Dan Balz and Haynes Johnson have just authored "The Battle for America 2008: The Story of an Extraordinary Election." It is a riveting account, combining big-picture analysis, important revelations and intriguing anecdotes.
Johnson is the author of 14 books and the winner of a Pulitzer Prize. Balz is the lead political writer for the Washington Post and, as editor of my college newspaper, had the foresight to give me my first byline.
I interviewed them recently, before the official release of their book.
Me: One of the most explosive parts of your book deals with Ted Kennedy and how he endorsed Barack Obama in part because he believed that Bill and Hillary Clinton "were misrepresenting things for racial reasons."
Balz: It bothered Kennedy immensely. What attracted Kennedy to Obama was Kennedy’s belief that Obama could transcend race, that his message was not racially based and America could move forward on the racial divide. But Kennedy believed the racial stuff [raised by the Clinton campaign] was getting cranked up in a way that was destructive and harmful to whoever was the nominee, that Obama would get characterized as the "black candidate" and that it could cost the Democrats the election.
Also, in a phone conversation with Bill Clinton, Kennedy believed Bill "trashed" Obama in a way that greatly disturbed [him].
Me: How did Bill Clinton go from being "America’s first black president" to being, at least in the view of some, a racially divisive figure?
Balz: I think he just got out of control. Part of it was understandable: This is a husband campaigning for his wife. He felt so strongly about her that he literally was prepared to do anything he could to help her get elected. His judgment got clouded by that. In his defense, there is nothing in Bill Clinton’s history that would suggest he would do anything that would divide the races. But it clearly hurt him. It cost him a lot.
Me: If Hillary Clinton and Barack Obama had switched staffs, would Hillary have won?
Balz: She might have won. There is no question that the Obama team outperformed the Clinton team. But even if Hillary had had the Obama team, she still would have had her vote on the Iraq war.
Me: Haynes, you won your Pulitzer Prize in 1966 for your coverage of the civil rights movement in Selma, Ala. How crucial a factor was race in the 2008 campaign?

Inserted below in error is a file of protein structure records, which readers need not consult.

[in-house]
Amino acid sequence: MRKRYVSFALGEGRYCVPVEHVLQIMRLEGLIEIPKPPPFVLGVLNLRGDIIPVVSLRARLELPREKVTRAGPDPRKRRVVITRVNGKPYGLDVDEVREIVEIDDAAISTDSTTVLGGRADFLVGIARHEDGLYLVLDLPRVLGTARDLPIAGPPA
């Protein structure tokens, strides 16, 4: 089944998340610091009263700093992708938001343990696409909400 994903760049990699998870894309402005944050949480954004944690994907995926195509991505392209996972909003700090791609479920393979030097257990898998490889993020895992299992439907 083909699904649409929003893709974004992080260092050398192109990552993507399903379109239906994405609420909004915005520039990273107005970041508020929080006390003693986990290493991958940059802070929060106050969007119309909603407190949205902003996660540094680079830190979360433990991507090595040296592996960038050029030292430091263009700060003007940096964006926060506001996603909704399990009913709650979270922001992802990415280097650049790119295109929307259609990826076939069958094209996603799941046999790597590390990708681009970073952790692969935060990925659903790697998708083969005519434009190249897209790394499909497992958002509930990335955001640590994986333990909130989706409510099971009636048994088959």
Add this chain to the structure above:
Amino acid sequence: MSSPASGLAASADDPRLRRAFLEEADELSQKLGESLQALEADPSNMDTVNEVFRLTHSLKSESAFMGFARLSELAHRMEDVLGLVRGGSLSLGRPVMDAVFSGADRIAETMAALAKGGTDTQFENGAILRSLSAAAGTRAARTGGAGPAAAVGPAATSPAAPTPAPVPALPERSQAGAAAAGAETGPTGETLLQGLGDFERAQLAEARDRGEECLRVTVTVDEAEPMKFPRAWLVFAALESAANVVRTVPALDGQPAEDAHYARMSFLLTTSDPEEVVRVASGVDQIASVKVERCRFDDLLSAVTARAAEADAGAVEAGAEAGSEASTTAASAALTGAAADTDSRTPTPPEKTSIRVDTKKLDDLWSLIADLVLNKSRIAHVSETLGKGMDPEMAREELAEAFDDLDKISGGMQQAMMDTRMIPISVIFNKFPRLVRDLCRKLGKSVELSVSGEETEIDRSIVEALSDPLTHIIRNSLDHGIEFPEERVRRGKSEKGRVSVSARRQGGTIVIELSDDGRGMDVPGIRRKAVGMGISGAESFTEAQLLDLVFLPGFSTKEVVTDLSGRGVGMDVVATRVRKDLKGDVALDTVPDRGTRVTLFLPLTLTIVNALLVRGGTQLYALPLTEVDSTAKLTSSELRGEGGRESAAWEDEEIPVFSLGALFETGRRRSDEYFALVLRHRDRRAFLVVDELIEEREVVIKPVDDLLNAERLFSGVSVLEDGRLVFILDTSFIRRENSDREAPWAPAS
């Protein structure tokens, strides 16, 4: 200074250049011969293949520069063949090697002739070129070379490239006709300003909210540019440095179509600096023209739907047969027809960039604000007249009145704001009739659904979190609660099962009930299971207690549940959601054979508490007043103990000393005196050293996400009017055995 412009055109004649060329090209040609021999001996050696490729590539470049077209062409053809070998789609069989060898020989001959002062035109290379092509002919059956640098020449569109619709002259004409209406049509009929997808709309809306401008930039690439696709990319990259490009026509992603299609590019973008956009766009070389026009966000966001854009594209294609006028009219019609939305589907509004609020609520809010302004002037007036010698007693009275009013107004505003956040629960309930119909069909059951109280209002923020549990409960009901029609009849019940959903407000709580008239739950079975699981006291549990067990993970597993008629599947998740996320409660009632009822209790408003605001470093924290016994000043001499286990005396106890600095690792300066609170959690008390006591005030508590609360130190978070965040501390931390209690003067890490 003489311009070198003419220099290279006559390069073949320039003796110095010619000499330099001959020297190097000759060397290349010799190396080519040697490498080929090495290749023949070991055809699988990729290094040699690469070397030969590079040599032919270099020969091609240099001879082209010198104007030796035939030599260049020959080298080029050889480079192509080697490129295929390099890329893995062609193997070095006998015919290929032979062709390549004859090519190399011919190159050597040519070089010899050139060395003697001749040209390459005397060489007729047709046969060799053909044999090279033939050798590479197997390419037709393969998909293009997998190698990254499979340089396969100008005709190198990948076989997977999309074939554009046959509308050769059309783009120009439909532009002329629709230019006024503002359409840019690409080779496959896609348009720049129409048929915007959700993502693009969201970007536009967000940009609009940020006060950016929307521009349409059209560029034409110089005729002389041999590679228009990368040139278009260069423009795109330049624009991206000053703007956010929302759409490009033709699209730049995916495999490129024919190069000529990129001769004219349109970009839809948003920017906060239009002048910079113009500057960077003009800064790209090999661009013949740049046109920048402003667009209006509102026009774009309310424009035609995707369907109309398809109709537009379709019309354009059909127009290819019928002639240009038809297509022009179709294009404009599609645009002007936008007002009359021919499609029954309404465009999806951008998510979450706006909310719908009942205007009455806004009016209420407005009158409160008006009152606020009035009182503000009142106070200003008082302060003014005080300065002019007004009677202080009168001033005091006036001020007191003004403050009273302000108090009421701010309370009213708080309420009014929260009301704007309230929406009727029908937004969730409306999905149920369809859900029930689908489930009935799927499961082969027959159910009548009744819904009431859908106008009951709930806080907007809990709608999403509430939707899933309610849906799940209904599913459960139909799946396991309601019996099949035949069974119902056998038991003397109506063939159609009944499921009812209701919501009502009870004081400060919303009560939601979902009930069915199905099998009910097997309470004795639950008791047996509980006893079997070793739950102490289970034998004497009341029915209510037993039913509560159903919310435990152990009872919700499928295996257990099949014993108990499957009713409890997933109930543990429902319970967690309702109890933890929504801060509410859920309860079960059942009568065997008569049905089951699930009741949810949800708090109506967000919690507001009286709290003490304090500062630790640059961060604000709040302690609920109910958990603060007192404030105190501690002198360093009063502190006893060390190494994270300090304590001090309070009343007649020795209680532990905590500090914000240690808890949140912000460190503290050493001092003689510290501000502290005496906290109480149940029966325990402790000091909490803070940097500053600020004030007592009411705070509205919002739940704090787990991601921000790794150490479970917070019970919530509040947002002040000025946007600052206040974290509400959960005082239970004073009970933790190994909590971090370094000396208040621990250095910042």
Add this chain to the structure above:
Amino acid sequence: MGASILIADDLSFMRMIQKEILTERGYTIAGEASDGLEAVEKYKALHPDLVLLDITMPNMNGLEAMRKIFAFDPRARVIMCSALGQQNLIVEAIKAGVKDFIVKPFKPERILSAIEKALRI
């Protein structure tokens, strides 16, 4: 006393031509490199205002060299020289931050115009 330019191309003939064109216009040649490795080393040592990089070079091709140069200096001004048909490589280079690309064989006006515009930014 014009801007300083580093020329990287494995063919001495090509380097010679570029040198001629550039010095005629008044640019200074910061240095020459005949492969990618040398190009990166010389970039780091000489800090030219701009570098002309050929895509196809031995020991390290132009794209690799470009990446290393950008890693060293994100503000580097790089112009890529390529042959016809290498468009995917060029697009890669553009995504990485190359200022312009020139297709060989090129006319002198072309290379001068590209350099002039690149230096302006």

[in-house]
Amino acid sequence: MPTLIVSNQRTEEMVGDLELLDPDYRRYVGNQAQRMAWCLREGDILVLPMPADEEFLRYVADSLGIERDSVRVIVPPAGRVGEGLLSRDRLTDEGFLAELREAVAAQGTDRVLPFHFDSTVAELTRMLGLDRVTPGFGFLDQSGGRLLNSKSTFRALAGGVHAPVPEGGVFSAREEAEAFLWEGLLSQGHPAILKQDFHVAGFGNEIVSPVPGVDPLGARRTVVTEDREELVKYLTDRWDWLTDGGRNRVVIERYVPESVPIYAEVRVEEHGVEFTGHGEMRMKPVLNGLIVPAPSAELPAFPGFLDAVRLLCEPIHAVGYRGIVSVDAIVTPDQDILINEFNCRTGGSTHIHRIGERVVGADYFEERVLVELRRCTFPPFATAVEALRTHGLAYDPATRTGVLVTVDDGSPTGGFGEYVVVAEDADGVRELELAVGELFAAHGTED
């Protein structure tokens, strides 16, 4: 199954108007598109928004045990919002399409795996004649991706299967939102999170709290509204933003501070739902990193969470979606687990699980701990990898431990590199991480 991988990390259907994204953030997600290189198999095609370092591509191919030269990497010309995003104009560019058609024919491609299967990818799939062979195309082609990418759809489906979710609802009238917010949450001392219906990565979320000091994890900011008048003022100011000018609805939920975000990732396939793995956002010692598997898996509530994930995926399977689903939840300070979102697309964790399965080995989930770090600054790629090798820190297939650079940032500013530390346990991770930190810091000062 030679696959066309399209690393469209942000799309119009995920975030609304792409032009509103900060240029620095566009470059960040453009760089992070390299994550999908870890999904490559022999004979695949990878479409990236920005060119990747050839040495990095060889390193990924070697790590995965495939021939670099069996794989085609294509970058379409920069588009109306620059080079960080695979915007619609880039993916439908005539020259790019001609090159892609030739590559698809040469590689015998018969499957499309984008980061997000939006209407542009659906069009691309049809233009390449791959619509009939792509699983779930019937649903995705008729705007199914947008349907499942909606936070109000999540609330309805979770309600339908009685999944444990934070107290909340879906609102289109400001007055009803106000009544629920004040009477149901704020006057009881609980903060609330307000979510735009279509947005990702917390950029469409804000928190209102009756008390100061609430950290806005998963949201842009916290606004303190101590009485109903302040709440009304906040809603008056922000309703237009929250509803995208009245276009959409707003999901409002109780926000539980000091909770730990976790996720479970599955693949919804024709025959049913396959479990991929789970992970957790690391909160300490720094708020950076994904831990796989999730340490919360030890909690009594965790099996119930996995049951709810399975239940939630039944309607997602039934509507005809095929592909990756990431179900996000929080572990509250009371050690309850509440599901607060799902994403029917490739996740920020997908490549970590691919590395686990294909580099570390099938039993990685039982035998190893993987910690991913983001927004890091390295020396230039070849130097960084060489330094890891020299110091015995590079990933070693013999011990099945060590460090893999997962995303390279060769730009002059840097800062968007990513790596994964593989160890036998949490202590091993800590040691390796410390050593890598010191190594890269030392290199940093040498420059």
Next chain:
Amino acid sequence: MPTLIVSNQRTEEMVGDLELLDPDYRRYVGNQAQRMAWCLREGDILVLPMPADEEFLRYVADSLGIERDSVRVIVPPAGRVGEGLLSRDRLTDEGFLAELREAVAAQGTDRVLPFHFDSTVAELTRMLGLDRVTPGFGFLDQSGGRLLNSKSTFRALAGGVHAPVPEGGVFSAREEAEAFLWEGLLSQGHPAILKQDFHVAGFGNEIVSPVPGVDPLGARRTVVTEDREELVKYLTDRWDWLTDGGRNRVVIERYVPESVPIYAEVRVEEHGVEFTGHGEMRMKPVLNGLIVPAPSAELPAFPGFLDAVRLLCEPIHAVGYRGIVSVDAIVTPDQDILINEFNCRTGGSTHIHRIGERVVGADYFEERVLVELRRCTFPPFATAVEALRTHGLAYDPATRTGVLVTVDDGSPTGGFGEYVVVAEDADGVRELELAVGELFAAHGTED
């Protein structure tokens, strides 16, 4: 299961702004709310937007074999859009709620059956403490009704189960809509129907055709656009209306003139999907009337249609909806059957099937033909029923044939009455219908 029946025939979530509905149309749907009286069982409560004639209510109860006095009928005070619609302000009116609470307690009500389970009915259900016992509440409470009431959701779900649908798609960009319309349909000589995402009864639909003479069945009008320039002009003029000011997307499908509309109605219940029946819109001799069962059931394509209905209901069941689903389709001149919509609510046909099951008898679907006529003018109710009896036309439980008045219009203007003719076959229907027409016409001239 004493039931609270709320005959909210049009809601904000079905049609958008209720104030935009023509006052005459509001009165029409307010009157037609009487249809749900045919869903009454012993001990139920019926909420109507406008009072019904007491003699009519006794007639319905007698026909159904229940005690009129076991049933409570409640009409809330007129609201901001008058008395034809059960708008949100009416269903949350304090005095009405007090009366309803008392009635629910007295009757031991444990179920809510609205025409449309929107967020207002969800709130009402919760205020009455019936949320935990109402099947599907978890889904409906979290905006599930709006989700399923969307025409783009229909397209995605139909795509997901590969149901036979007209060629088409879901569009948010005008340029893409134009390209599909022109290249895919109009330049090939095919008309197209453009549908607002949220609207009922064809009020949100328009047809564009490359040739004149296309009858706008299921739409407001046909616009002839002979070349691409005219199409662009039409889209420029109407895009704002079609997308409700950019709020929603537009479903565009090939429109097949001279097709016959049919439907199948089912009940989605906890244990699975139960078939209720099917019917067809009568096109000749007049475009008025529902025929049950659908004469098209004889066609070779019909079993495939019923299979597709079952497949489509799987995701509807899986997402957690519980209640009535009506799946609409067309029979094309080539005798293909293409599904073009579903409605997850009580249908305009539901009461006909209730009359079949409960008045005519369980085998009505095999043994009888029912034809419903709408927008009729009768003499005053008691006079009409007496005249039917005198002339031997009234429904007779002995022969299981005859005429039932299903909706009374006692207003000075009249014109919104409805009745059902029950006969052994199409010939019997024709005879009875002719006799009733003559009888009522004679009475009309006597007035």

Johnson: Race is still the dominant factor in American life. It is always there. Barack Obama was the most unlikely candidate for president ever in American history due to his lack of experience and his marginal record, and then you add in the factor of race. I look back on it with awe that Obama made it. He maneuvered through the process. He didn’t court race, but he gave a great speech in Philadelphia about race.
Me: But didn’t the comments of his pastor, Jeremiah Wright, force Obama to make that speech?
Johnson: I don’t think Obama would have given the speech had it not been for Wright. The Wright thing forced Obama to give an eloquent and incredibly important speech. Wright in the end helped Obama. But it almost destroyed him. He had to face race publicly. He had to speak to a new generation of Americans and reach a different kind of America that cuts across all the racial lines.
Me: Some have said that had Obama been white, he never would have gotten the nomination.
Johnson: I think that is exactly right. Had he just been a brilliant, articulate white man running for office after two years after being in the U.S. Senate, he would have gotten nowhere. The fact he was black, the fact of his background, the fact of his name, the fact of his eloquence, the fact he could touch chords that wanted to be touched, it all added up to him being right for the time. Had he not been black, he would not have made it to the presidency.
Me: You guys write that John McCain most likely would have pledged to serve only one term had Joe Lieberman been his running mate.
Balz: They talked to Lieberman about it, and Lieberman was quite happy to pledge to serve just one term!
Me: It is hard to imagine the Republican convention agreeing to put Joe Lieberman, a pro-choice Democrat, on the ticket.
Balz: It was a little divorced from reality. But the campaign was looking for a way to say to people: John McCain is an exceptional kind of politician. He is prepared to do what is best for the country and take a guy who is a Democrat onto the ticket. And we are going to try to find the best solutions for the country and serve only one term and then we are gone.
Me: So what happened?
Balz: Bill McInturff [McCain’s lead pollster] said: "Are you guys crazy?" And that killed it.
Me: Enter Sarah Palin. A net plus or a net minus?
Balz: Selecting Palin was a political risk they should not have taken. They did not appreciate that she was not ready for the rigors of a national campaign. There were things about Palin that were very impressive, like her connectivity with voters, particularly the Republican base. But the McCain campaign miscalculated Palin’s ability to reach beyond the base.
Me: Can Palin get the Republican nomination in 2012?
Balz: It seems pretty unlikely. Since the campaign, she has not done anything to make herself a more attractive candidate in 2012.
Me: Can Hillary Clinton run in 2016? She’d be 69.
Balz: Probably. But age will be a factor.
Me: What is one thing we have learned from the results of 2008?
Johnson: I think we have witnessed and are witnessing one of the great stories in our history. There is a sense of enormous pride in this country. Even for those who did not vote for Obama, people are proud we elected him. But the danger is that we are still a terribly polarized nation. There is a reservoir of good will in this country. But how long will it last?